There are times when undiagnosed Celiac disease might resemble ADHD and other disorders. This is due to the neurological symptoms that may occur when an individual with Celiac disease eats gluten, such as brain fog or difficulty focusing. 

    When a professional diagnoses ADHD, they must rule out any other possible causes first. Other medical concerns can resemble ADHD in some cases, including both physical and mental health conditions.

    If someone experiences adverse symptoms when they eat gluten but test negative for Celiac disease, the cause could be gluten sensitivity.

    Gluten Sensitivity Vs. Celiac Disease 

    Non-Celiac gluten sensitivity is also referred to as gluten intolerance, and it is not the same as Celiac disease. What's the difference between the two?

    Celiac disease:

    • Is an autoimmune disease.
    • Can be diagnosed via biopsy or blood test.
    • Requires a gluten-free diet for life.

    Non-Celiac gluten sensitivity:

    • Is not an autoimmune disease.
    • Does not have a known cause.

    Gluten sensitivity or intolerance symptoms are less severe than those associated with Celiac disease. Some individuals with gluten sensitivity may benefit from limiting gluten (though this can vary), whereas people with Celiac disease cannot have gluten at all. Unlike food allergies and Celiac disease, there is no test known to detect food sensitivities like non-Celiac gluten sensitivity.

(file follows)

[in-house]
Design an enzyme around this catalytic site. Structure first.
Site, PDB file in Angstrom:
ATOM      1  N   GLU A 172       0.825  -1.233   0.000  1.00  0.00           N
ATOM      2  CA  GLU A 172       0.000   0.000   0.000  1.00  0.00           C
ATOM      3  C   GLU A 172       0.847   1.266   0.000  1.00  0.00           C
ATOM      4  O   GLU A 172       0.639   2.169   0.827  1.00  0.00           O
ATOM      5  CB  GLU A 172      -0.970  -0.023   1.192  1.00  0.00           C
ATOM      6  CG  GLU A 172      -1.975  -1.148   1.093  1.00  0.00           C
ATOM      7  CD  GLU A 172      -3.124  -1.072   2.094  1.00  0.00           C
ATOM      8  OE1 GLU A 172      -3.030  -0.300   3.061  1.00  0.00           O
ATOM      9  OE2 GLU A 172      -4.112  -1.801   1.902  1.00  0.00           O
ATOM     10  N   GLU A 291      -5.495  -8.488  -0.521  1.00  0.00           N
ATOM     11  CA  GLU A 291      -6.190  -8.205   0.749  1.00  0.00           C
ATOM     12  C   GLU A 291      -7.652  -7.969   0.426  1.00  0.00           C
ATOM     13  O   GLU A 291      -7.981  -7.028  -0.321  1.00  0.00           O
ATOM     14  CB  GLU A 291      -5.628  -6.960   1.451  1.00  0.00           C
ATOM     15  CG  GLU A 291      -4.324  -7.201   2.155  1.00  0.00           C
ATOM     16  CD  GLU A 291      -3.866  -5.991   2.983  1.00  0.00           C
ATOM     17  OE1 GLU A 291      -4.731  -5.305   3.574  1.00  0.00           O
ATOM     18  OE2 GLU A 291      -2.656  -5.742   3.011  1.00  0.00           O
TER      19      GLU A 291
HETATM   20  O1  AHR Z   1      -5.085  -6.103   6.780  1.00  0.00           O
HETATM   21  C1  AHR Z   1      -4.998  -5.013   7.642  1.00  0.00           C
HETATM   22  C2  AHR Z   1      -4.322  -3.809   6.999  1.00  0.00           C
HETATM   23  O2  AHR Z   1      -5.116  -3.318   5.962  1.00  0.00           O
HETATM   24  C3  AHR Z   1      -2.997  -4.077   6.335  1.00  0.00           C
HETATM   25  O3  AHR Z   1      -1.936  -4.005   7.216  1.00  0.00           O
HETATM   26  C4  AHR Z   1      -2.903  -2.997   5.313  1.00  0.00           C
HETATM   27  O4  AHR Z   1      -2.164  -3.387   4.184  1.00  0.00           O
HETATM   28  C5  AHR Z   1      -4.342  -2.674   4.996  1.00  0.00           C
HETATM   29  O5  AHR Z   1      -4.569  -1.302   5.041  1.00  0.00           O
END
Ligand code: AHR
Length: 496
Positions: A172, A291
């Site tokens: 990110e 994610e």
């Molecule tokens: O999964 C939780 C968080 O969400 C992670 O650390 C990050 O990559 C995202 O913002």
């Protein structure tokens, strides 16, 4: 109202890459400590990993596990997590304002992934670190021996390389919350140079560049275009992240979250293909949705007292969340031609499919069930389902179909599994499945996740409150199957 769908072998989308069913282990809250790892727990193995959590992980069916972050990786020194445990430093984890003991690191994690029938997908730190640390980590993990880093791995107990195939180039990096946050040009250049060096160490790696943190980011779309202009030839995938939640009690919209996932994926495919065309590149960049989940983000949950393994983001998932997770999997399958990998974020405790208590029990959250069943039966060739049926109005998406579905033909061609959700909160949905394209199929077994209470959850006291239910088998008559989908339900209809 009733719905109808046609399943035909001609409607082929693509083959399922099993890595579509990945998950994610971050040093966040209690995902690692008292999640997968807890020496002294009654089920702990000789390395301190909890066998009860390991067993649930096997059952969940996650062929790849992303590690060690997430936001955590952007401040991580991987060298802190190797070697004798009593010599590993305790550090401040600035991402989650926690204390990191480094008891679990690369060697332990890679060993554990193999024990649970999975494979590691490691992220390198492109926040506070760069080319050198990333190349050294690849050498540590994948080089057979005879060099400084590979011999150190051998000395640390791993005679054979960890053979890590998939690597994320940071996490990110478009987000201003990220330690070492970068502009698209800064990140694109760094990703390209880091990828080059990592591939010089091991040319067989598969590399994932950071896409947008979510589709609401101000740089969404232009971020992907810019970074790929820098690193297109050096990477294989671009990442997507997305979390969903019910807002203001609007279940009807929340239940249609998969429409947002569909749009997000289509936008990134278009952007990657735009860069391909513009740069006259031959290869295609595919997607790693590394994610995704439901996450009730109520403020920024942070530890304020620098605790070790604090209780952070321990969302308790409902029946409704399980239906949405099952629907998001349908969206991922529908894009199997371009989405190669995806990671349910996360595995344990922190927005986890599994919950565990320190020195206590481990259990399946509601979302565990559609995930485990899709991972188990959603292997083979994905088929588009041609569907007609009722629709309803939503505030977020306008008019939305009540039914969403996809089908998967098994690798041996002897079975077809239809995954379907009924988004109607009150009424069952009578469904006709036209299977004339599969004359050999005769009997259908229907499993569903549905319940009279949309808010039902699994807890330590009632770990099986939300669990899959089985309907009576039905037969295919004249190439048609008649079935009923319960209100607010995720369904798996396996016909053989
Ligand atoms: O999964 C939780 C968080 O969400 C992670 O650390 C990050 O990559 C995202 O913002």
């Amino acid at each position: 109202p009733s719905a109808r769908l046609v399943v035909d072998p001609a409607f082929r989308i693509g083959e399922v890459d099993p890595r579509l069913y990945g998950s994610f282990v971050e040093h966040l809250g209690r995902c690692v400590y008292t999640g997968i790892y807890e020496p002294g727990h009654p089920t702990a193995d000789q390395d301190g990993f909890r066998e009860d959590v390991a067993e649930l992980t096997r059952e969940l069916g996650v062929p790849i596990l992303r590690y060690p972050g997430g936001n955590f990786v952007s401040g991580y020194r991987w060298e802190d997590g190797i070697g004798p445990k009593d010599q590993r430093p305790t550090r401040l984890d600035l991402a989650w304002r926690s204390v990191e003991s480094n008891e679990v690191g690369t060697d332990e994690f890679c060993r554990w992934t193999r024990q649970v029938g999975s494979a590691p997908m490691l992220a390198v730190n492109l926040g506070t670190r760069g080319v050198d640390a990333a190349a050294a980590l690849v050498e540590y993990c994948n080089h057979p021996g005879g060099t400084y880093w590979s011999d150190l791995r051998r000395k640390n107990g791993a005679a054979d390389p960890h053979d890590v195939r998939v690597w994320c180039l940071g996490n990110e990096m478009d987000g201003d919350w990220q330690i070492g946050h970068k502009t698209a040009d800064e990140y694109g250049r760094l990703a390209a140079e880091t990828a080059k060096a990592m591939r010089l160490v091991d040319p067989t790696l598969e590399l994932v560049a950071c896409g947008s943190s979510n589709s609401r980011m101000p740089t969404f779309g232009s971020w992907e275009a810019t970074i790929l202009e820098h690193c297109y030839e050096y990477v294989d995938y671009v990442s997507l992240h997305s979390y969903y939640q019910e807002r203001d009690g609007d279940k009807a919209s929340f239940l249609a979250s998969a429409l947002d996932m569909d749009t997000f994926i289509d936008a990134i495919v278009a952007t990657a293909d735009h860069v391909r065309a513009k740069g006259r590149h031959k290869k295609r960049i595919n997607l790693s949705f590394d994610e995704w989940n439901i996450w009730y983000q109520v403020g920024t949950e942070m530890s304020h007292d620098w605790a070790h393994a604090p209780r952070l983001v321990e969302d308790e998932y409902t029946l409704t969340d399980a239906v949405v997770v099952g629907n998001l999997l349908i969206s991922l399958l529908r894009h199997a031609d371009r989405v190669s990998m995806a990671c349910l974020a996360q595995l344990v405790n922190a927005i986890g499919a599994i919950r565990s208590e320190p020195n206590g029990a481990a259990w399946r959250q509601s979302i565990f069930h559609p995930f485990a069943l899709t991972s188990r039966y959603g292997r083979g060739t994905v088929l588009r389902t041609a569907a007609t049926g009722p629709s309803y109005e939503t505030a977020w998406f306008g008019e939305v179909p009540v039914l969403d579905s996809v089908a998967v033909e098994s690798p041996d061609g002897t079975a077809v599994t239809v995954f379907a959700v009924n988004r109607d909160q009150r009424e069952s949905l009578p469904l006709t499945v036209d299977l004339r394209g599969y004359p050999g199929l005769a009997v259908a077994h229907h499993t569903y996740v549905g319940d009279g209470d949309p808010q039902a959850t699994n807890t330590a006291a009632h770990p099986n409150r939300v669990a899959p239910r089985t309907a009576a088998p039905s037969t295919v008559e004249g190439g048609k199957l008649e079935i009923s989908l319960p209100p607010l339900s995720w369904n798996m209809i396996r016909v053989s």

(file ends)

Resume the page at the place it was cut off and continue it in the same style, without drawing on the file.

If you are concerned that your child may have undiagnosed Celiac disease, it is important to get them tested.

    What Should I Know Before My Child Gets Tested For Celiac Disease?

    The test for Celiac disease is relatively simple. Although Celiac disease can be detected via biopsy, most people get their Celiac diagnosis with a blood test.

    The most important thing parents should know before their child gets tested for Celiac disease is that gluten ingestion is crucial for the blood test to work. Although it may seem strange, removing gluten before the test may result in a false negative. This is because antibodies must have built up in the bloodstream in order for someone with Celiac disease to test positive.

    Please consult with your child's medical provider for information on how long your child should eat gluten before their test and how much they need to consume (e.g., the equivalent of two slices of wheat bread daily for 6-8 weeks). 

    There is a chance that someone with Celiac disease will get a false negative when tested for the condition. In this case, the medical provider - typically a gastroenterologist - might administer another test.

    What Is Gluten?

    Gluten is a natural protein found in most grains, but not all. Often, gluten-free products contain rice, quinoa, or other grains without gluten.